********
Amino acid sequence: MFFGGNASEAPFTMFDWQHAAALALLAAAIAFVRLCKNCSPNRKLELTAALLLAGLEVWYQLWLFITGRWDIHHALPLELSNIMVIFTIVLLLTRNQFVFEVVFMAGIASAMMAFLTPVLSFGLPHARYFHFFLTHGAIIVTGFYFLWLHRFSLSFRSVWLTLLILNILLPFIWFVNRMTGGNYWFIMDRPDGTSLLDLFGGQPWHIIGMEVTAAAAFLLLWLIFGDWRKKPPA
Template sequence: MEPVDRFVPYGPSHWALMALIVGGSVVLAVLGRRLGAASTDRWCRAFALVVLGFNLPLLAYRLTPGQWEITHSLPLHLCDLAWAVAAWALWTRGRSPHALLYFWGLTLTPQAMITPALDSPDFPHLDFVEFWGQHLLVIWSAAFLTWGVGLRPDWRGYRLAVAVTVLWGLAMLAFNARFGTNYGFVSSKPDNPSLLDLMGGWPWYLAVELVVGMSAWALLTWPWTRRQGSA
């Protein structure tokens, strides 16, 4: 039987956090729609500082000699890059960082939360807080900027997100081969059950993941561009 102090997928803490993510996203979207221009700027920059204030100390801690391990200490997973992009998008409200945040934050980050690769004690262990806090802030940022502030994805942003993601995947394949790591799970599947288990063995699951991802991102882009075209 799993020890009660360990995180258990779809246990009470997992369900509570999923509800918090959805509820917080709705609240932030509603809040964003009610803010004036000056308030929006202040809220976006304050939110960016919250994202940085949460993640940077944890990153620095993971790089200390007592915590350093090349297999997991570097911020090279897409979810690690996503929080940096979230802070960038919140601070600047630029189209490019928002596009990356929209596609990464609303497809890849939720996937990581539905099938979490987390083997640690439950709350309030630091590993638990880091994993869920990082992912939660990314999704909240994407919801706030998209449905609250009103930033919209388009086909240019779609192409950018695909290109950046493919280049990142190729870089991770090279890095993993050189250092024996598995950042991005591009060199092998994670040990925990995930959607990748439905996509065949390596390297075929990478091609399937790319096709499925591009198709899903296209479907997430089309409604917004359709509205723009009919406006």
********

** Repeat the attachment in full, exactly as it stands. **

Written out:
Amino acid sequence: MFFGGNASEAPFTMFDWQHAAALALLAAAIAFVRLCKNCSPNRKLELTAALLLAGLEVWYQLWLFITGRWDIHHALPLELSNIMVIFTIVLLLTRNQFVFEVVFMAGIASAMMAFLTPVLSFGLPHARYFHFFLTHGAIIVTGFYFLWLHRFSLSFRSVWLTLLILNILLPFIWFVNRMTGGNYWFIMDRPDGTSLLDLFGGQPWHIIGMEVTAAAAFLLLWLIFGDWRKKPPA
Template sequence: MEPVDRFVPYGPSHWALMALIVGGSVVLAVLGRRLGAASTDRWCRAFALVVLGFNLPLLAYRLTPGQWEITHSLPLHLCDLAWAVAAWALWTRGRSPHALLYFWGLTLTPQAMITPALDSPDFPHLDFVEFWGQHLLVIWSAAFLTWGVGLRPDWRGYRLAVAVTVLWGLAMLAFNARFGTNYGFVSSKPDNPSLLDLMGGWPWYLAVELVVGMSAWALLTWPWTRRQGSA
């Protein structure tokens, strides 16, 4: 039987956090729609500082000699890059960082939360807080900027997100081969059950993941561009 102090997928803490993510996203979207221009700027920059204030100390801690391990200490997973992009998008409200945040934050980050690769004690262990806090802030940022502030994805942003993601995947394949790591799970599947288990063995699951991802991102882009075209 799993020890009660360990995180258990779809246990009470997992369900509570999923509800918090959805509820917080709705609240932030509603809040964003009610803010004036000056308030929006202040809220976006304050939110960016919250994202940085949460993640940077944890990153620095993971790089200390007592915590350093090349297999997991570097911020090279897409979810690690996503929080940096979230802070960038919140601070600047630029189209490019928002596009990356929209596609990464609303497809890849939720996937990581539905099938979490987390083997640690439950709350309030630091590993638990880091994993869920990082992912939660990314999704909240994407919801706030998209449905609250009103930033919209388009086909240019779609192409950018695909290109950046493919280049990142190729870089991770090279890095993993050189250092024996598995950042991005591009060199092998994670040990925990995930959607990748439905996509065949390596390297075929990478091609399937790319096709499925591009198709899903296209479907997430089309409604917004359709509205723009009919406006």